Joan L. Mitchell
Joan L. Mitchell began her career in 1974, as a research staff member of the Exploratory Printing Technologies Group at the IBM T.J. Watson Research Center in Yorktown Heights, New York. Her first assignment was to "invent new ways to leave marks on paper." Her first patentable invention was a method of ultrasonic printing.
In spring 1975, she collaborated on invention of the resistive ribbon thermal transfer printing technology, which led to IBM's Selectric Quietwriter typewriter a decade later. The following summer, she switched fields to focus on data compression, which led her to invent novel binary facsimile compression techniques. She wrote IBM's proposal for an international, two-dimensional facsimile data compression standard. By 1980, she was manager of one of several teams that created the IBM Series/1 Internal teleconferencing system, eventually installed in more than 100 locations worldwide. Her fast decompression code migrated into many IBM products on multiple processors.
Mitchell's team also created fast grayscale compression and decompression. The team gradually migrated into fast rotation scaling up and scaling down of the binary images, sometimes combined with binary compression or decompression. In March 1987, she attended her first JPEG meeting in Darmstadt, Germany, and eventually transferred into ImagePlus marketing to focus on image education and JPEG. She returned to the research center in the fall of 1991 to coauthor the book on JPEG. Coeditor of the first JPEG standard, she pressured the committee to have it "good in both software and hardware."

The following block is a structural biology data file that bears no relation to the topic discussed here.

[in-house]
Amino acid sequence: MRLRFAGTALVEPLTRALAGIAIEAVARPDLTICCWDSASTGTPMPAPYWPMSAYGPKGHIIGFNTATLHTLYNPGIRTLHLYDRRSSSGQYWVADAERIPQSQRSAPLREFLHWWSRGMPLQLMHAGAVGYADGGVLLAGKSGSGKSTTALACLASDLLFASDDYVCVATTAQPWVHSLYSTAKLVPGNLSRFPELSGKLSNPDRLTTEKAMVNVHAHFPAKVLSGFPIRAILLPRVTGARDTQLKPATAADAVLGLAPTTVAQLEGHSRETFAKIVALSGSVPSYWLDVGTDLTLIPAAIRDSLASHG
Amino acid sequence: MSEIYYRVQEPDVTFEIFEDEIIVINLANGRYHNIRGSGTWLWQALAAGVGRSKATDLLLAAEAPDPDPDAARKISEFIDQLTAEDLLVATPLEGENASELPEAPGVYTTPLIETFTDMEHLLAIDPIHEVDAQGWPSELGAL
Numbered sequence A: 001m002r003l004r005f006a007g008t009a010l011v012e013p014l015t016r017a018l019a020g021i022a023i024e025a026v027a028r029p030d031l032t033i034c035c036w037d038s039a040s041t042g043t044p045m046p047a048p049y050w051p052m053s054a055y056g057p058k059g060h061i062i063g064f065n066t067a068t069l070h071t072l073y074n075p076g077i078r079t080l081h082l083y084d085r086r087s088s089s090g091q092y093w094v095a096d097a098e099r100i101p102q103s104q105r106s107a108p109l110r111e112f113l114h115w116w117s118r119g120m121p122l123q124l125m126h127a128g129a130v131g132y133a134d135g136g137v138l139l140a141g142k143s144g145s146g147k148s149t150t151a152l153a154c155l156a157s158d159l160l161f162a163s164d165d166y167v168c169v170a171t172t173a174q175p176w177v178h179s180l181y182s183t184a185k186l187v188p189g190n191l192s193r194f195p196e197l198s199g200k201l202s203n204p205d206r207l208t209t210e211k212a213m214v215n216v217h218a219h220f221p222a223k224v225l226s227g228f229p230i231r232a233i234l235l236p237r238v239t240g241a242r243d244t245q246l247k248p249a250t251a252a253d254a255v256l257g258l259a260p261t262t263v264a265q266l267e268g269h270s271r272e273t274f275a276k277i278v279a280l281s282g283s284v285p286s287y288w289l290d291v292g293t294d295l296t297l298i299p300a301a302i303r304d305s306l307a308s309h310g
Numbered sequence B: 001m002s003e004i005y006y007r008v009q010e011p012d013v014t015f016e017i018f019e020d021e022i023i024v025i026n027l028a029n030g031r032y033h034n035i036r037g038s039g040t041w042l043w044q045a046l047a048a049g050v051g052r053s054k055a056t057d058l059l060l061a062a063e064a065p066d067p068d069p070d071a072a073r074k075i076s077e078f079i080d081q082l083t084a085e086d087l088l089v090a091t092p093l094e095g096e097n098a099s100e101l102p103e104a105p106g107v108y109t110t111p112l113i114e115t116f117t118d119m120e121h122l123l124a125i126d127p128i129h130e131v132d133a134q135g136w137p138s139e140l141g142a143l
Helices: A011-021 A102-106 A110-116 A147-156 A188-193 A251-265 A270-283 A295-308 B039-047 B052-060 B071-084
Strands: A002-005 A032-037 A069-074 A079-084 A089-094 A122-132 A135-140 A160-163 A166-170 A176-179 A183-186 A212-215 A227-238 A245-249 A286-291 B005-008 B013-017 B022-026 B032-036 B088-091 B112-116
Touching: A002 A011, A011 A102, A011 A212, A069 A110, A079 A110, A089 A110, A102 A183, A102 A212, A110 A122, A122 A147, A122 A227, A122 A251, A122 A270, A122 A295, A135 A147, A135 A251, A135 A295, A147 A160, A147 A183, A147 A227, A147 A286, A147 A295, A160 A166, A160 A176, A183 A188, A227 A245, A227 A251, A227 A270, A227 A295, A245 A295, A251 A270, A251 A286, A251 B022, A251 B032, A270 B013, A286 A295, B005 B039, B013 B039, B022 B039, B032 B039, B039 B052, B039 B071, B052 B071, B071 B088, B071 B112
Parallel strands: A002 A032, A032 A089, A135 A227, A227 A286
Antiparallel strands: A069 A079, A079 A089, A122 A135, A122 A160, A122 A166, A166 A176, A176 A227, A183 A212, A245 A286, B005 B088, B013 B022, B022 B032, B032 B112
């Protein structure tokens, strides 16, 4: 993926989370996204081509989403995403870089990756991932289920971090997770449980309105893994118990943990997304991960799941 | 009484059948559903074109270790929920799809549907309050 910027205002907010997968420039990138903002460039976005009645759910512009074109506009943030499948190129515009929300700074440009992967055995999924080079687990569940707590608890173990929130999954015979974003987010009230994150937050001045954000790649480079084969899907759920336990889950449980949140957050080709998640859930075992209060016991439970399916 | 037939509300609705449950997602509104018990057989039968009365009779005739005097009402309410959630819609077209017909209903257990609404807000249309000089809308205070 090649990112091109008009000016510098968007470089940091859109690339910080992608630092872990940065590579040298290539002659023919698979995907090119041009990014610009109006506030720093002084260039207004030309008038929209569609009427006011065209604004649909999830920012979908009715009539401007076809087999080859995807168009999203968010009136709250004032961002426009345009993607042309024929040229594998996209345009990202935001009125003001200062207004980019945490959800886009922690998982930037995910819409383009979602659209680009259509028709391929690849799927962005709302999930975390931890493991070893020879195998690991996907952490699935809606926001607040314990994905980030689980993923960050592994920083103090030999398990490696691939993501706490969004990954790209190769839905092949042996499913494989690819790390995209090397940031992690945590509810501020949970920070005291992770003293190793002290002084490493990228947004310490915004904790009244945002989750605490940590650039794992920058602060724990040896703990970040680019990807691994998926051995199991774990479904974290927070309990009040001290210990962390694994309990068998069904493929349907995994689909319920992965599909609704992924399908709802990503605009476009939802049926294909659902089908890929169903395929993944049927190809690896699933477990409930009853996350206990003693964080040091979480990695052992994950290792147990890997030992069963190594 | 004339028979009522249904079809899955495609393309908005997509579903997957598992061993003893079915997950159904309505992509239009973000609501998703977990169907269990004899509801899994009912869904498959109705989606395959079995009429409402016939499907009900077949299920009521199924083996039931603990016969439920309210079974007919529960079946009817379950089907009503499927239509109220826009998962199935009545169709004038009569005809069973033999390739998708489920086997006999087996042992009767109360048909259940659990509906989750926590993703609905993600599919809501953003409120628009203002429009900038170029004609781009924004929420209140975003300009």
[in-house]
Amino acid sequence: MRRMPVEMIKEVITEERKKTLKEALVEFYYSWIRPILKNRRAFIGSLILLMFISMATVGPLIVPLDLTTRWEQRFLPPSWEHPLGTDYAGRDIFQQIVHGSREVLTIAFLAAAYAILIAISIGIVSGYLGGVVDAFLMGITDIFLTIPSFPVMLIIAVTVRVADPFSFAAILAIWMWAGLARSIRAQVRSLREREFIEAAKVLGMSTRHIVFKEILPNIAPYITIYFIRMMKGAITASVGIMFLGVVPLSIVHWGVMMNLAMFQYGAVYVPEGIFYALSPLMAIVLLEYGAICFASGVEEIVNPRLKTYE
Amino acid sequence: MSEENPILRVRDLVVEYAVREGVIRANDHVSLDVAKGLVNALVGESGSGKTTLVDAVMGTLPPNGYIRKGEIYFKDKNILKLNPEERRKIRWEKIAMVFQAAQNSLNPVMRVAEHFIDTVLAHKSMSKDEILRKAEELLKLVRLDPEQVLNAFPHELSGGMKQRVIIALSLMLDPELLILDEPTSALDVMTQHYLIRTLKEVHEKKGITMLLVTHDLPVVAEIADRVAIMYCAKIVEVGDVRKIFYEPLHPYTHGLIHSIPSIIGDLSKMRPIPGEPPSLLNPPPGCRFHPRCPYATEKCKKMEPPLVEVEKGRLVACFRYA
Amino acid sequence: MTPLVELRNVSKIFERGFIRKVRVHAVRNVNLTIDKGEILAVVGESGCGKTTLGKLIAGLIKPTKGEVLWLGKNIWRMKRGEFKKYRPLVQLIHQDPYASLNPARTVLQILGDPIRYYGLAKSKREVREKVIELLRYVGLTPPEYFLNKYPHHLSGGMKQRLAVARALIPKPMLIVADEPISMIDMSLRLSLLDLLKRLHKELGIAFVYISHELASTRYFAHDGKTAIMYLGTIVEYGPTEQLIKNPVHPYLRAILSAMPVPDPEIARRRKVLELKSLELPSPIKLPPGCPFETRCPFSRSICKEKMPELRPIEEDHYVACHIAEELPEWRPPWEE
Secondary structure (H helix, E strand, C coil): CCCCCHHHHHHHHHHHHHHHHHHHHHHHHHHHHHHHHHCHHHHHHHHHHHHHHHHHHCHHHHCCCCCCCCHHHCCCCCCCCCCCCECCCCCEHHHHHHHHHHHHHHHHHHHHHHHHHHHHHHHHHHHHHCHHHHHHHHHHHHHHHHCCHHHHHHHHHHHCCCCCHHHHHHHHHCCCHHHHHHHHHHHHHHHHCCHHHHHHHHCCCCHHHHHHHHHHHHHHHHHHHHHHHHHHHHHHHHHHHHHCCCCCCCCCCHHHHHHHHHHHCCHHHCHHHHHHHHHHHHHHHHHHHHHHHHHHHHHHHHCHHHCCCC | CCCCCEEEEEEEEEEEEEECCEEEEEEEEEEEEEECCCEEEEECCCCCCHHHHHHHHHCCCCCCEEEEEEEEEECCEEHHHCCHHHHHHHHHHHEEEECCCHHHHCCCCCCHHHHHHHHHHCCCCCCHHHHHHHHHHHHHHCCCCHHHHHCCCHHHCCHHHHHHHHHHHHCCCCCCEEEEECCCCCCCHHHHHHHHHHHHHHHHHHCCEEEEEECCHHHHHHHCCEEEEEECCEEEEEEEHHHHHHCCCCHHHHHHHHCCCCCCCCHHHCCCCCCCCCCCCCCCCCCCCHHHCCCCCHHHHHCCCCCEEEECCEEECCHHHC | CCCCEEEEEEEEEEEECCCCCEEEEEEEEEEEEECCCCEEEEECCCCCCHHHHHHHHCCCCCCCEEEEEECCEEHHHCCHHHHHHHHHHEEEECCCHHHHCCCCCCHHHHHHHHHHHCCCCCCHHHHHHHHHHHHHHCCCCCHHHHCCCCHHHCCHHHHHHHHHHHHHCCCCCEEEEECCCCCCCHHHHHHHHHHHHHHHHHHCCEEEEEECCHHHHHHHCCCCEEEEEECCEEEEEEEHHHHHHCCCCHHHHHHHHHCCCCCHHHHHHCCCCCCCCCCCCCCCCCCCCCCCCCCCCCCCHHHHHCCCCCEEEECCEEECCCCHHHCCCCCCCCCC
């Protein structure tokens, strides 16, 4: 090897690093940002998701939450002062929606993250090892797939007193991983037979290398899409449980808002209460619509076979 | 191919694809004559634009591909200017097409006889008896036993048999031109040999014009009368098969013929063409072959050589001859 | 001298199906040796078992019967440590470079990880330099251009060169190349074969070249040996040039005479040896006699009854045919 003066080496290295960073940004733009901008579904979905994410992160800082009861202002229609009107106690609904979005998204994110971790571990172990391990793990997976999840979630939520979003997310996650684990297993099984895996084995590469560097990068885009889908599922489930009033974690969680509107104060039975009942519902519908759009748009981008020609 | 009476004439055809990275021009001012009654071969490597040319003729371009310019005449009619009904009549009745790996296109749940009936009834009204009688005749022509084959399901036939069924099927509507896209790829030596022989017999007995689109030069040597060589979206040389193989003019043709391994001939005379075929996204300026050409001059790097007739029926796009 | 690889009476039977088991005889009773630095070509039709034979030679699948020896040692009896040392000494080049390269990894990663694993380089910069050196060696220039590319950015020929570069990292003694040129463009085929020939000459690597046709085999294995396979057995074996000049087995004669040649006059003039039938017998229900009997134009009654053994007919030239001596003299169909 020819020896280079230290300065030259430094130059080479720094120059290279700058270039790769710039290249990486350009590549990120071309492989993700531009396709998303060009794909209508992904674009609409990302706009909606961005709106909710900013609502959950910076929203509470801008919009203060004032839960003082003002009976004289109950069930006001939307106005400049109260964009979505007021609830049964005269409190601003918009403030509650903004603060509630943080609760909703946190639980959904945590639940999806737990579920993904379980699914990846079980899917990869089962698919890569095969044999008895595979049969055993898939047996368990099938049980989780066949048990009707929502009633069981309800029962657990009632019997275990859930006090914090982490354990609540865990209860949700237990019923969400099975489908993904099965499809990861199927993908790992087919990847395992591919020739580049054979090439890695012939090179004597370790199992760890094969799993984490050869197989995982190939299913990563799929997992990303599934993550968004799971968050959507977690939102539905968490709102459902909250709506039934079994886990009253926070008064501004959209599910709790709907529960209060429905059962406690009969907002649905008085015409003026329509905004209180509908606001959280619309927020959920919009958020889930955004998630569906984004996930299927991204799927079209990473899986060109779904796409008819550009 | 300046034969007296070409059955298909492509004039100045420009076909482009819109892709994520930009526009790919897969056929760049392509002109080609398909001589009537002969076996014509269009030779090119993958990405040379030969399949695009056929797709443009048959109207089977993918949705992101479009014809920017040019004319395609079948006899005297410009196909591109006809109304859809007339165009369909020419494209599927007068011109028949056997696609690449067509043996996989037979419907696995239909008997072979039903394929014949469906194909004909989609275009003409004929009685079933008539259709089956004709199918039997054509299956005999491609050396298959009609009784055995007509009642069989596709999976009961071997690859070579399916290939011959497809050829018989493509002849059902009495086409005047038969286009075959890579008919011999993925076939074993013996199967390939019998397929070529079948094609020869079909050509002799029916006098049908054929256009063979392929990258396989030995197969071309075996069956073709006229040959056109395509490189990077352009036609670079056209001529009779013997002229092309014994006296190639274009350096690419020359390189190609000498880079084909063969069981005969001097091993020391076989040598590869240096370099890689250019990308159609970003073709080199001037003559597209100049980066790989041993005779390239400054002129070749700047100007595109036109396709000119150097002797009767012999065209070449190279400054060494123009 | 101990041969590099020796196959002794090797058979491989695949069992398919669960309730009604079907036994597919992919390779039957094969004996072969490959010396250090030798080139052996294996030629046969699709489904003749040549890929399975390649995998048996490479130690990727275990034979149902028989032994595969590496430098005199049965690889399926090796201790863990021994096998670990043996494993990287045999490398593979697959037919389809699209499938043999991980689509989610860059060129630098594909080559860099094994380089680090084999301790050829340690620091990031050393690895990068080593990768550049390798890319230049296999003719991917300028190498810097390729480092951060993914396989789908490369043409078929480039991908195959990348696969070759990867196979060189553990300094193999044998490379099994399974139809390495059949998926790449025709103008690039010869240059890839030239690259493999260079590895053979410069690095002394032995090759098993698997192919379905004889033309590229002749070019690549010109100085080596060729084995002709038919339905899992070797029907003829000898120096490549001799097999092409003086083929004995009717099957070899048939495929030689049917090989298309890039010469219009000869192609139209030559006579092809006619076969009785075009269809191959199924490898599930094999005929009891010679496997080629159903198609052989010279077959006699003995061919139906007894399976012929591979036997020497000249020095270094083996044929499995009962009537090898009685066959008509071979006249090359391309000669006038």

In the mid-1990s, Mitchell took a leave of absence to work with IBM's Joint Bi-level Image experst Group in Burlington, Vermont. She helped verify a JBIG chip and coauthored a MPEG book. She also spent a semester at the University of Illinois, teaching in the Computer Science Department and conducting research in the Beckman Institute.
She returned to the IBM Research Center in fall 1996, and later transferred to the IBM printing systems division in Boulder, Colorado. Her skill with fast facsimile and JPEG decompression, rotation, and scaling proved crucial in eliminating bottlenecks in the high-end printers.
Over the course of her career, Mitchell was an IBM Fellow and a Fellow of IEEE as well as a member of the American Physical Society, Phi Beta Kappa, Phi Kappa Phi, Sigma Xi, and Society for Imaging Science and Technology. She was elected to the IBM Academy of Engineering and later to the National Academy of Engineering. She holds more than 110 patents and has more than 100 publications to her credit. She received many honors, including the Leadership Award from the Internationl Multimedia Telecoms Consortium and the Engineering at Illinois Alumni Award for Distinguished Service.
- MS, Physics, 1971
- PHD, Physics, 1974